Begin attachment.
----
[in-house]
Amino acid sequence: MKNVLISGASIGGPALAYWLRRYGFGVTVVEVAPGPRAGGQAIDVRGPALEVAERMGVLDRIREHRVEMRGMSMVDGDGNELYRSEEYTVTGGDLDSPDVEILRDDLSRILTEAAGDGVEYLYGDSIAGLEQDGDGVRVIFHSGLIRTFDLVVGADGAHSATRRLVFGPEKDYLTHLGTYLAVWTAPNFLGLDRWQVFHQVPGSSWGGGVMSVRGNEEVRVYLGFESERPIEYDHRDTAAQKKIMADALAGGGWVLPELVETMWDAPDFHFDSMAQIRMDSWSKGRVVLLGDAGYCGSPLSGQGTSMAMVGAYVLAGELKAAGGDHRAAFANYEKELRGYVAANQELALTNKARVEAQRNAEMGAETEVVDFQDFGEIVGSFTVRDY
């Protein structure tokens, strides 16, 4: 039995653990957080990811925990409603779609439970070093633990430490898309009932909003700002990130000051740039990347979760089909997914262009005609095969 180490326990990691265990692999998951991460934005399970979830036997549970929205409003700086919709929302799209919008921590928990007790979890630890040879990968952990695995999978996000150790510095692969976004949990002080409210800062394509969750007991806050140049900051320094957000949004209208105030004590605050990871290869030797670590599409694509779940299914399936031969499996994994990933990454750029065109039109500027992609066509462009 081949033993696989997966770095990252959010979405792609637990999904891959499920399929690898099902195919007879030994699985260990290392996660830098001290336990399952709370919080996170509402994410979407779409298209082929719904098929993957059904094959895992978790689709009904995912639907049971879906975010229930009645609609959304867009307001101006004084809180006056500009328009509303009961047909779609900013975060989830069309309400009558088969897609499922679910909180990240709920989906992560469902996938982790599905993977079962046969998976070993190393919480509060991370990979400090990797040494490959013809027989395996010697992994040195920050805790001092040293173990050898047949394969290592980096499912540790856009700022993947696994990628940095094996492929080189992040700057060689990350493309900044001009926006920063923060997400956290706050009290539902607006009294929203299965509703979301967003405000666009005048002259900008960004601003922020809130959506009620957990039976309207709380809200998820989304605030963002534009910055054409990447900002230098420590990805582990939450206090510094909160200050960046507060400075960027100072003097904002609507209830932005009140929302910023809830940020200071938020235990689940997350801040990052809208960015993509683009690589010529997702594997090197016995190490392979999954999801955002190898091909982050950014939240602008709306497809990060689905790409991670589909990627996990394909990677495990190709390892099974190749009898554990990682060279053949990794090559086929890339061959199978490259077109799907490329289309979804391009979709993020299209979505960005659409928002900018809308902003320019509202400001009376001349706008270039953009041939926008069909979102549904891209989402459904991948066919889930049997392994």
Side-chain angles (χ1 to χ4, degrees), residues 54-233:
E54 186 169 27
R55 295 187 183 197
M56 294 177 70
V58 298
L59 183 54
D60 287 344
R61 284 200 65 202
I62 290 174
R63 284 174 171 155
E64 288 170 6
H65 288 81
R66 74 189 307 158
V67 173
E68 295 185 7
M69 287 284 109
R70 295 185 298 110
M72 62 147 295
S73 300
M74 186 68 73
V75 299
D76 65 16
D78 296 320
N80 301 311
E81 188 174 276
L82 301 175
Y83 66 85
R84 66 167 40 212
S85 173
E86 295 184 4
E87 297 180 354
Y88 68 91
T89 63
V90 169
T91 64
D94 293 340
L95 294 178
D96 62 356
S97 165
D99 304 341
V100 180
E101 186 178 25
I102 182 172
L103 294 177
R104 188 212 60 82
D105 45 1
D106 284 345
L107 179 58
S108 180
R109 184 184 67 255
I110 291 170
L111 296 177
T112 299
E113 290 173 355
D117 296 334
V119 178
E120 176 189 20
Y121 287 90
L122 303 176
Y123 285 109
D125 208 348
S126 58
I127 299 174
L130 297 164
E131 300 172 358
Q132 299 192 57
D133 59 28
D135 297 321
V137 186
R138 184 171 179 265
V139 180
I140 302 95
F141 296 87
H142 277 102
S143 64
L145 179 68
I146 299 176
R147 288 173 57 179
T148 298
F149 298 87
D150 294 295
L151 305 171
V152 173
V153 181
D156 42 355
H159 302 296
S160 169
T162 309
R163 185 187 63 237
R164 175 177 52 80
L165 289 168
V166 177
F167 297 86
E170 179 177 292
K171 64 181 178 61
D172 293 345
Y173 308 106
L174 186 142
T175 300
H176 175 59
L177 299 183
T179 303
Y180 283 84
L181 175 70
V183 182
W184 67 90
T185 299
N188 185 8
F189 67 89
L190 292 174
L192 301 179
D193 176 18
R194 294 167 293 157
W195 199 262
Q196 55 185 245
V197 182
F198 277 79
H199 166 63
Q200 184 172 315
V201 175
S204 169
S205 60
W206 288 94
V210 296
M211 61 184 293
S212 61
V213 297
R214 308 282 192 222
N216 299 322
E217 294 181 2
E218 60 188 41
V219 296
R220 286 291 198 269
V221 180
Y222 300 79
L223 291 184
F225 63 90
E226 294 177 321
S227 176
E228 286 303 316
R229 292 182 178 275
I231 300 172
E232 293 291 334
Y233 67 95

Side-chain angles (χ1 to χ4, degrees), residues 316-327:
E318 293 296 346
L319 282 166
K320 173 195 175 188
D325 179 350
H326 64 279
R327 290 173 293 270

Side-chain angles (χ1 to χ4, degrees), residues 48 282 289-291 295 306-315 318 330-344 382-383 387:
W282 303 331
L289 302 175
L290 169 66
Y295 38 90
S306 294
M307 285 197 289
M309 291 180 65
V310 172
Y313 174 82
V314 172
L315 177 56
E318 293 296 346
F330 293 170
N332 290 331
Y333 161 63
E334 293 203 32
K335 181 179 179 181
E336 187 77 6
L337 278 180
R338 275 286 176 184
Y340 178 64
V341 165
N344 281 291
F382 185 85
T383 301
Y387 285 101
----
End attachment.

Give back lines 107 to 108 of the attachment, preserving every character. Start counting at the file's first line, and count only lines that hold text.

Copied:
L181 175 70
V183 182